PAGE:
Terrorist love this country because no matter what people do to make it safer to travel, the terrorist just complain its wrong and then the citizens apease them by force the government to stop it.
      Ron Bergundy
      • RE: Touched by the TSA

        @cyberspammer "Those who give up essential liberties to gain temporary security, deserve neither liberty nor security" - Ben Franklin.

        Tell me how your nude body enhances security? Cargo is carried on planes, yea bombs can get put in there (and have very little screening). What about a rogue airport employee? Yep. Doesn't take care of that threat. There are other ways to gain real security, not perceived and at the expense of our rights guaranteed under the US Constitution.
      • RE: Touched by the TSA

        @cyberspammer LUCKY? You are still safer flying than traveling any other way. I loved this country more before it became so paranoid. To me, the terrorists have one by scarring the heck out of people like you to give up and let us become a police state.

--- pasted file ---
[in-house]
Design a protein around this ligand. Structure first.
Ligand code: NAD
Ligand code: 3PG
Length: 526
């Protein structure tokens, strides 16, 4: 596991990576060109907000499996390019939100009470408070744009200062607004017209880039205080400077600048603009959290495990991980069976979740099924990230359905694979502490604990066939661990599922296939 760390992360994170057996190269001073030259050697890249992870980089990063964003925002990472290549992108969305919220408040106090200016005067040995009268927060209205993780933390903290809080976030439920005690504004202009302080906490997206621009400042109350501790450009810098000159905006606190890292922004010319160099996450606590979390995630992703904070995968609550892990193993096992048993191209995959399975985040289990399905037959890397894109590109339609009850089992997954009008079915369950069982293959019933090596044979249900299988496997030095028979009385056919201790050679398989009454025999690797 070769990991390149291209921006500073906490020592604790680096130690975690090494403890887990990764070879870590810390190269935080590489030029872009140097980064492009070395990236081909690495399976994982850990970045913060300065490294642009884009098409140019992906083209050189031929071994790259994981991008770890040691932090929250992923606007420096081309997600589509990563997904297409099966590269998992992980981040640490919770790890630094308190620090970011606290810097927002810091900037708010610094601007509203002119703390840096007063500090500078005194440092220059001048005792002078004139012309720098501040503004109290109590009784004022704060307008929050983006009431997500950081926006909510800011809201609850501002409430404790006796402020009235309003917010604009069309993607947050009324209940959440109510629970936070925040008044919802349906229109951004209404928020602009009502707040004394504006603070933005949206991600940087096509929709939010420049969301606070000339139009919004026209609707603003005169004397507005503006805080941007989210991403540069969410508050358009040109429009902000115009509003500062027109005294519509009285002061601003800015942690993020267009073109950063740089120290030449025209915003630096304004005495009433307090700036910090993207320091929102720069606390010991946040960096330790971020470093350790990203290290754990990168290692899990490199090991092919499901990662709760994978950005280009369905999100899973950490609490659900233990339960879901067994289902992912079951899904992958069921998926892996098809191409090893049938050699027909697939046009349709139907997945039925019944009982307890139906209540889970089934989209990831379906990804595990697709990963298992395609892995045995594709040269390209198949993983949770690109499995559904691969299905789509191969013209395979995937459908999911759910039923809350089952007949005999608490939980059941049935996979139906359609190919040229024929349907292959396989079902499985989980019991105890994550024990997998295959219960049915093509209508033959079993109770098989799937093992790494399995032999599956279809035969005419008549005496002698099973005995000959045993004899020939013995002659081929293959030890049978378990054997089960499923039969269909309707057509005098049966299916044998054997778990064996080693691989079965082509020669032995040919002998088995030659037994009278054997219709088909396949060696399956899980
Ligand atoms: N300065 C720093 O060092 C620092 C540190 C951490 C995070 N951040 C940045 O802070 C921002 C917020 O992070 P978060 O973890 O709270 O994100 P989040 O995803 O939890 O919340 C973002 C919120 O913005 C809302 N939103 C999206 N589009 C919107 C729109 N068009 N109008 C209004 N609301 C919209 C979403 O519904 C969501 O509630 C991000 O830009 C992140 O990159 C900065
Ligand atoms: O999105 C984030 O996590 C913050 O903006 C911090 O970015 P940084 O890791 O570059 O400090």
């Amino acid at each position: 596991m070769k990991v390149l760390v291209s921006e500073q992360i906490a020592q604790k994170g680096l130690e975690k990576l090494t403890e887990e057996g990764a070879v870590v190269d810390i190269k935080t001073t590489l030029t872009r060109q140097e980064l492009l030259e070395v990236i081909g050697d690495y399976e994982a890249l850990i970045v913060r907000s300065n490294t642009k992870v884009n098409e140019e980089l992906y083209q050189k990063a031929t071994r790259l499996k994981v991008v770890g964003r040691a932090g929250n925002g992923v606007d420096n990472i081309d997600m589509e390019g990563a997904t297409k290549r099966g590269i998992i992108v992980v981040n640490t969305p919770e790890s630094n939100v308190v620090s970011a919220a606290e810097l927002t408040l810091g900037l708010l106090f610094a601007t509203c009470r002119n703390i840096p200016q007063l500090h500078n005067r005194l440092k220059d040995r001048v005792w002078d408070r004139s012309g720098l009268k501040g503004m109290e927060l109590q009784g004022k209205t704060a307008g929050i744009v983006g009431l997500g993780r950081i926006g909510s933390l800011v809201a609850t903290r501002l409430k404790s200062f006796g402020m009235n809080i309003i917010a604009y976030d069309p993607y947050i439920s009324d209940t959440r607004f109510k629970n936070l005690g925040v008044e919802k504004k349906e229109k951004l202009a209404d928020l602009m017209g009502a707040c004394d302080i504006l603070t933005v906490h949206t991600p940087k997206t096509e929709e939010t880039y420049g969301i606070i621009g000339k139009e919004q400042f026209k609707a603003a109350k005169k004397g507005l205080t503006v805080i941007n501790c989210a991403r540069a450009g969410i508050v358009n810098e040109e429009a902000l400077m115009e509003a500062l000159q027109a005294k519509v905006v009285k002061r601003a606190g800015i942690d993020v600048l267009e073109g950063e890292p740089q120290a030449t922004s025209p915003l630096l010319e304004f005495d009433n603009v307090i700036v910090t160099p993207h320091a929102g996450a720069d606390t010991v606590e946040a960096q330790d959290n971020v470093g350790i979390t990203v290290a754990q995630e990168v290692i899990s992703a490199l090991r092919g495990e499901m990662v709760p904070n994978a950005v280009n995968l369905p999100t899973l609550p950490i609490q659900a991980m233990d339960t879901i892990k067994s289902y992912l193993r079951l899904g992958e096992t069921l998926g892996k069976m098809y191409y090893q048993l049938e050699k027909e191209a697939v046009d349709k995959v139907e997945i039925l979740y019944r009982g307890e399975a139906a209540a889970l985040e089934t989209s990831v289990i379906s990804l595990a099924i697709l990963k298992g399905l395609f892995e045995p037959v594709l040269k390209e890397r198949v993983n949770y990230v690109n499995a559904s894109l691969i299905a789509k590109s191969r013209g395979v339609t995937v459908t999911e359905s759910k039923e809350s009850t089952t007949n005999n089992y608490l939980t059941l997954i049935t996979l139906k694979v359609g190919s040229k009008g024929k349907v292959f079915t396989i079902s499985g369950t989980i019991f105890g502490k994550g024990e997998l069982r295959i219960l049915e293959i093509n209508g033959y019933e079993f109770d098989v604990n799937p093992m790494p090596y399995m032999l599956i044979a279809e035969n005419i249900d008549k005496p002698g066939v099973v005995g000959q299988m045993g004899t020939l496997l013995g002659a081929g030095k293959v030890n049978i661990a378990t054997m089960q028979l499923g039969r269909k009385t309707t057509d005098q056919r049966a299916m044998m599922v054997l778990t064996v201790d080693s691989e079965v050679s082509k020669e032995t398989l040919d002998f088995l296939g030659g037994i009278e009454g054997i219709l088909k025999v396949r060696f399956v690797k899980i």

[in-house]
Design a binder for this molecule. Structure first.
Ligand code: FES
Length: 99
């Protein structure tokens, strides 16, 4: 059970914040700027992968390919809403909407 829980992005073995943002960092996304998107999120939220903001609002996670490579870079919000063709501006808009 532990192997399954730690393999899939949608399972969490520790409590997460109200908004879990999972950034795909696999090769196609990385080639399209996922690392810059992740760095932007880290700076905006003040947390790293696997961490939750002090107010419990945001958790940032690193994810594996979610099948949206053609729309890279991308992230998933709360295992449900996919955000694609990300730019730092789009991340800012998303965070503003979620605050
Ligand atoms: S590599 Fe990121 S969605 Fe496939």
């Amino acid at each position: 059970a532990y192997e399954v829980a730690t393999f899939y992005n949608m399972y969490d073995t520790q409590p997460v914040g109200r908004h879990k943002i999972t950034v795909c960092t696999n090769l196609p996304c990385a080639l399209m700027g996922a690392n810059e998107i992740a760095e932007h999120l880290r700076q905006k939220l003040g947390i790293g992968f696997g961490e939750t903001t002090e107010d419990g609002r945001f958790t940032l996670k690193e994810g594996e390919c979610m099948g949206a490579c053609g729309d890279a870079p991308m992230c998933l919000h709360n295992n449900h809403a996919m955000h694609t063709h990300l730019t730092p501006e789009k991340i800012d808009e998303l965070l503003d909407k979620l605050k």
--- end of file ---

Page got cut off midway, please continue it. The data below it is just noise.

x military
      • Booh!


        The best way to have security is to profile. Those who answer questions honestly and those who don't and get caught by experts. There are people that know you are lying better than any lie detector because they are human experts. Nervousness or certain body language or facial and eye movements are dead giveaways to suspicious people. You don't have to feel them up or nuke them, but you have to pay higher salaries to these talented folks that are good at this. The machinery or Orwellian atmosphere is to give the illusion to those insecure folks such as yourself to feel better and get through the night. I and a lot of others do not want to pay the price so your lizard brain can get a good nights sleep. Neither would Ben Franklin if he were alive today.
      • RE: Touched by the TSA

        @osreinstall - But haven't you been paying attention to the ACLU? Profiling is also illegal and unconstitional.
      • Re: Profiling


        Profiling is not illegal unless it violates civil liberties. If the profiling is limited on behavior then it is OK. You can throw a minority out of your store if he is acting like an a**hole. That is why Walmart has cameras. To catch thieves and has the proof. So profile between liars and folks telling the truth. Behavior. If they are nervous, sweaty, break eye contact or evade or a plain wise ass, then they go for more questioning or rejected with money refund. By the way, the ACLU isn't always correct in their assessment of things.
      • RE: Touched by the TSA